- Code VCUG3001
- Unit Value 6 units
Unravelling Complexity is open to students from all academic Colleges.
'Universities serve to make students think: to resolve problems by argument supported by evidence; not to be dismayed by complexity, but bold in unravelling it'.
(What are universities for?, Boulton and Lucas, 2008).
Unravelling Complexity takes up this challenge by encouraging later-year students from any part of the ANU the opportunity to explore the nature of complex issues, with a focus on drawing connections between disciplines and dimensions of complex problems. ANU researchers will provide insights into the behaviour of complexity by using a broad range of concepts from the social, natural and design sciences and teams from the interdisciplinary ANU Grand Challenges research initiative will provide insights on contemporary complex problems. The course encourages students to build on their existing disciplinary perspectives to develop a broad understanding of effective collaborative approaches to unravelling complex issues.
Upon successful completion, students will have the knowledge and skills to:
- Identify and generalise behaviours of complex problems
- Analyse and construct arguments from multiple perspectives, supported by evidence and with intellectual independence
- Reflect critically on concepts from the course by connecting personal experiences and real-world situations
- Provide and situate disciplinary perspectives and methodologies in an interdisciplinary team
- Design, research and defend a major work unravelling a complex problem
Interested students should register an expression of interest at http://vc-courses.anu.edu.au/apply.
Successful applicants will be provided with a permission code from Science.Enquiries@anu.edu.au .
- Tutorial Co-Facilitation and Complexity Primer (30) [LO 1,2,4]
- Interdisciplinary Group Project (20) [LO 2,4]
- Individual Learning Portfolio (~3000 words) (50) [LO 1,2,3,5]
The ANU uses Turnitin to enhance student citation and referencing techniques, and to assess assignment submissions as a component of the University's approach to managing Academic Integrity. While the use of Turnitin is not mandatory, the ANU highly recommends Turnitin is used by both teaching staff and students. For additional information regarding Turnitin please visit the ANU Online website.
The expected workload will consist of approximately 130 hours throughout the semester including:
- Face-to face component which will consist of 1 x 2-hour seminar and 1 x 2-hour tutorial each week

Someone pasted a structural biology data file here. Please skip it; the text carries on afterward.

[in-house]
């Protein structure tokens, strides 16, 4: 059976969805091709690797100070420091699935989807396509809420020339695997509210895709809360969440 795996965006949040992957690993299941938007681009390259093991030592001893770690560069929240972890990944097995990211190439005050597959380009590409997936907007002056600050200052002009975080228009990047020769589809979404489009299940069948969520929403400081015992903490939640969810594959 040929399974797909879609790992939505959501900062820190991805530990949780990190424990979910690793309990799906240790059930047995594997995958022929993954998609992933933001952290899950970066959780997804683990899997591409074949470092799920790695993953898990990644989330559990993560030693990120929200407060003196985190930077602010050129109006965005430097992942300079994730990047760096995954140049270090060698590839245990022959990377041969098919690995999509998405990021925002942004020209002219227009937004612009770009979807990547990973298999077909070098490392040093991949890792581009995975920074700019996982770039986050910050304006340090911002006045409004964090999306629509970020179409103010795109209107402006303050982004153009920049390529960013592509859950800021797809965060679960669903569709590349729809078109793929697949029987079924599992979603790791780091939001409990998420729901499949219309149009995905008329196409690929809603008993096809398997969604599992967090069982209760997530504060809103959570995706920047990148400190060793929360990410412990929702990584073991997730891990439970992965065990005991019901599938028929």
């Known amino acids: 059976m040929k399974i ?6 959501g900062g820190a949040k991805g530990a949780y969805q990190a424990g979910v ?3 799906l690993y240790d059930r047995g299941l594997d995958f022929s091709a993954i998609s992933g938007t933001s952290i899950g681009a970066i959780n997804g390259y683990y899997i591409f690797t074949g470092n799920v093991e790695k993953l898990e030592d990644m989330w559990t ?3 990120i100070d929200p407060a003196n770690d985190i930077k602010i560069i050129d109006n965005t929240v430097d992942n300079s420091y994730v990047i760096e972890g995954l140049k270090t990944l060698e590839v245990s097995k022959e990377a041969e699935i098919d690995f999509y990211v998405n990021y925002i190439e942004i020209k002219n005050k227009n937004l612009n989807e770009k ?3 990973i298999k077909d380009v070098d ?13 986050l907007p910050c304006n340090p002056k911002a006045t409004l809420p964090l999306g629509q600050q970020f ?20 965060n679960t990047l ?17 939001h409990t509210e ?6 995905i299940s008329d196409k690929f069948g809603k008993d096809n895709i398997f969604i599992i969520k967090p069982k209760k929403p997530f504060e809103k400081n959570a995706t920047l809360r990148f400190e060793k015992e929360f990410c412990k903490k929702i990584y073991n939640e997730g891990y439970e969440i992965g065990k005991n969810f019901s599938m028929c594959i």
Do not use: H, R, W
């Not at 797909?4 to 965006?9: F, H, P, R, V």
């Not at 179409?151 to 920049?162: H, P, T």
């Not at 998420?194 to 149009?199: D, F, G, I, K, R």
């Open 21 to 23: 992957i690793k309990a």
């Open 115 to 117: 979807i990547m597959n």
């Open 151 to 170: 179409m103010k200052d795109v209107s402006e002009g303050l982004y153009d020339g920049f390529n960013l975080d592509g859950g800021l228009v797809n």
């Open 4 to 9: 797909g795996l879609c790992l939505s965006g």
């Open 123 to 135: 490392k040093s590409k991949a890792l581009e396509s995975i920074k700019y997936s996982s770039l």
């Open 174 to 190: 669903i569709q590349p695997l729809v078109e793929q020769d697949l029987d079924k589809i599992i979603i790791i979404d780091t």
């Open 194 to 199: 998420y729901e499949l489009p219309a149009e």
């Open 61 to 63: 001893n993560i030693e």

- A 2-hour workshop held the week before your tutorial co-facilitation
- Independent study, which will include preparation for class, project collaboration and assessment tasks.
To be determined
Requisite and Incompatibility
You will need to contact the ANU College of Science to request a permission code to enrol in this course.
Resources will be made available on Wattle. A recommended reading list is available on the VC's Courses public website.
As this is a later-year, interdisciplinary course, students are required to have completed a minimum of 72 units with at least a Credit average.
Tuition fees are for the academic year indicated at the top of the page.
Commonwealth Support (CSP) Students
If you have been offered a Commonwealth supported place, your fees are set by the Australian Government for each course. At ANU 1 EFTSL is 48 units (normally 8 x 6-unit courses). More information about your student contribution amount for each course at Fees.
- Student Contribution Band:
- Unit value:
- 6 units
If you are a domestic graduate coursework student with a Domestic Tuition Fee (DTF) place or international student you will be required to pay course tuition fees (see below). Course tuition fees are indexed annually. Further information for domestic and international students about tuition and other fees can be found at Fees.
Where there is a unit range displayed for this course, not all unit options below may be available.
Offerings, Dates and Class Summary Links
ANU utilises MyTimetable to enable students to view the timetable for their enrolled courses, browse, then self-allocate to small teaching activities / tutorials so they can better plan their time. Find out more on the Timetable webpage.
Class summaries, if available, can be accessed by clicking on the View link for the relevant class number.